Passweg J.R.,University of Basel | Baldomero H.,University of Basel | Bregni M.,San Raffaele Scientific Institute | Cesaro S.,Paediatric Haematology Oncology | And 12 more authors.
Bone Marrow Transplantation | Year: 2013

In all, 651 from 680 centers in 48 countries reported 35 660 hematopoietic SCT (HSCT) in 32 075 patients (13 470 allogeneic (42%), 18 605 autologous (58%)) to the 2011 survey. Main indications were: leukemias; 10 113 (32%; 94% allogeneic); lymphoid neoplasias; non-Hodgkin's lymphoma, Hodgkin's lymphoma, plasma cell disorders; 18 433 (57%; 12% allogeneic); solid tumours; 1573 (5%; 5% allogeneic); and non-malignant disorders; 1830 (6%; 92% allogeneic). There were more unrelated donors than HLA identical sibling donors (54% versus 39%); proportion of peripheral blood as stem cell source was 99% for autologous and 73% for allogeneic HSCT. Cord blood was only used in allogeneic transplants (6% of total). In the past 10 years, the overall number of transplants has increased by 53%. Allogeneic HSCT have doubled (from 7272 to 14 549) while, autologous have increased by 32% and continue to increase by about 1100 HSCT per year since 2001. In the past 2 years, an increase of >2000 HSCT per year was seen. Transplant activity is shown by team size. For allogeneic HSCT, we show use of reduced-intensity conditioning versus myeloablative conditioning across Europe and use of post-transplant donor lymphocyte infusions with considerable variation across different countries. © 2013 Macmillan Publishers Limited.


Passweg J.R.,University of Basel | Baldomero H.,University of Basel | Peters C.,BMT Unit | Gaspar H.B.,University College London | And 13 more authors.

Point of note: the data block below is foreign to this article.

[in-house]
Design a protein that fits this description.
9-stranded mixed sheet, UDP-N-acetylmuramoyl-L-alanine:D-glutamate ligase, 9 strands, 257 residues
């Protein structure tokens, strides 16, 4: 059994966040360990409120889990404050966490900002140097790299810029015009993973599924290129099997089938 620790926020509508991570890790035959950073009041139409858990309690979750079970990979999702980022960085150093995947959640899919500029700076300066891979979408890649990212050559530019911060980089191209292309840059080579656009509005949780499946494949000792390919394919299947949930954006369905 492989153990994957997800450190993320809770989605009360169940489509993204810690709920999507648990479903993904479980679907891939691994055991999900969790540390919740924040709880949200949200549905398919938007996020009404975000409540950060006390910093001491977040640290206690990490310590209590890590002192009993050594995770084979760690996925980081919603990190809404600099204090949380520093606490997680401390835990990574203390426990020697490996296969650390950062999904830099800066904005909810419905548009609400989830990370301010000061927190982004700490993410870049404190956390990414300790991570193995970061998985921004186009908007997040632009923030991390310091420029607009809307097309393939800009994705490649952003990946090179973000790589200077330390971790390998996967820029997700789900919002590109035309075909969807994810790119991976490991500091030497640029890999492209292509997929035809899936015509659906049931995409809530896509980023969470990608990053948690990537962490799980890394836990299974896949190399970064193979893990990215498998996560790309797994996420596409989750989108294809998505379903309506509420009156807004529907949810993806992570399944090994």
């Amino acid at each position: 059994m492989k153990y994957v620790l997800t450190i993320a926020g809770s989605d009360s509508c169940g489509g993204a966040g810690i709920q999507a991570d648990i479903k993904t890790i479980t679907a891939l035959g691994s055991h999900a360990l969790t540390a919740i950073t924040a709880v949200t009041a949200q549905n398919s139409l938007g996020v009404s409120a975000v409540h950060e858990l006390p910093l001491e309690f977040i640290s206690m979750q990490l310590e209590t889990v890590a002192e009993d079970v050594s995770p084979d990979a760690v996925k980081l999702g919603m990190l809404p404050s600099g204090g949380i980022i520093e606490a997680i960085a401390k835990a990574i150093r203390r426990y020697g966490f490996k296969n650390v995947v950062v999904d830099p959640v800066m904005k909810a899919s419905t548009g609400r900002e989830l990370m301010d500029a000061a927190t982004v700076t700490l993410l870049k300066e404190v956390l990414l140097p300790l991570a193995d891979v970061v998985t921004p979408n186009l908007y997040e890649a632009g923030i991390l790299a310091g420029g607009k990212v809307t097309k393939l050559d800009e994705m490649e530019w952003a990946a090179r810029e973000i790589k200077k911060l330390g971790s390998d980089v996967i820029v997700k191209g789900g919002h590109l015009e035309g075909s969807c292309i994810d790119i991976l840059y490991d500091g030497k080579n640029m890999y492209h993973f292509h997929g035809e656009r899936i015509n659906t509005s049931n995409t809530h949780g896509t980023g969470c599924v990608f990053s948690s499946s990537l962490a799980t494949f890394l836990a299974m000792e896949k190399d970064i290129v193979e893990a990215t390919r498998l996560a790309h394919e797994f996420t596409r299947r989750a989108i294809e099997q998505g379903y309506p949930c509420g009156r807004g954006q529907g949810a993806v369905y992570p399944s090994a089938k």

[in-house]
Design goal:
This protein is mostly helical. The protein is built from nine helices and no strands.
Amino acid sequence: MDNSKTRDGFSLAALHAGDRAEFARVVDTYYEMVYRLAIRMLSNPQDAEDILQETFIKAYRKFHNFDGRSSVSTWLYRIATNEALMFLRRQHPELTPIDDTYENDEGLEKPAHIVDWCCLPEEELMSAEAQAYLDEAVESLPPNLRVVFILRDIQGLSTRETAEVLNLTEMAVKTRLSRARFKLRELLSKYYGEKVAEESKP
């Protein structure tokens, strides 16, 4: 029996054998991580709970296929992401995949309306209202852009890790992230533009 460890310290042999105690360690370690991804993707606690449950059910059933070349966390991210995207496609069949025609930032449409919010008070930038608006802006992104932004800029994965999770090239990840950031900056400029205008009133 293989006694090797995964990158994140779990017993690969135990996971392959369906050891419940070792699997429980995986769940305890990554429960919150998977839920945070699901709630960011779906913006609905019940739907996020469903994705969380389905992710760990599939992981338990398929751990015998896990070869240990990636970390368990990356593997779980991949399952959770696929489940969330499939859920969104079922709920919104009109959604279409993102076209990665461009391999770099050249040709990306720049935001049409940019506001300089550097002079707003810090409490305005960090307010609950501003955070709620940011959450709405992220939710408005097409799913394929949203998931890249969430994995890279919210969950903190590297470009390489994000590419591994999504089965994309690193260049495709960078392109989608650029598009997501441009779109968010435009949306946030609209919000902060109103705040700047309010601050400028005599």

Bone Marrow Transplantation | Year: 2014

In all, 661 of 680 centers in 48 countries reported 37 818 hematopoietic SCT (HSCT) in 33 678 patients (14 165 allogeneic (42%), 19 513 autologous (58%)) in the 2012 survey. Main indications were leukemias, 10 641 (32%; 95% allogeneic); lymphoid neoplasias, 19 336 (57%; 11% allogeneic); solid tumors, 1630 (5%; 3% allogeneic); and nonmalignant disorders, 1953 (6%; 90% allogeneic). There were more unrelated donors than HLA-identical sibling donors (54% versus 38% (8% being mismatched related donor HSCT)). Cord blood was almost exclusive in allogeneic transplants (5% of total). Since 2011, the highest increases in allogeneic HSCT were for AML in CR1 (12%) and for myeloproliferative neoplasm (15%). For autologous HSCT the main increases were for plasma cell disorders (7%), non-Hodgkin lymphoma (4%) and autoimmune disease (50%). There were 4097 pediatric patients <18 years of age receiving HSCT, 2902 received an allogeneic and 1195 an autologous HSCT. Overall, 69% of allogeneic and 64% of autologous HSCT were performed in dedicated pediatric centers and the remainder in combined adult and pediatric centers. Distributions of diseases, donor types and stem cell source for all patients and pediatric patients in particular are shown. A percentage of centers fulfilling the annual required criteria for patient numbers for JACIE accreditation are provided. © 2014 Macmillan Publishers Limited. All rights reserved.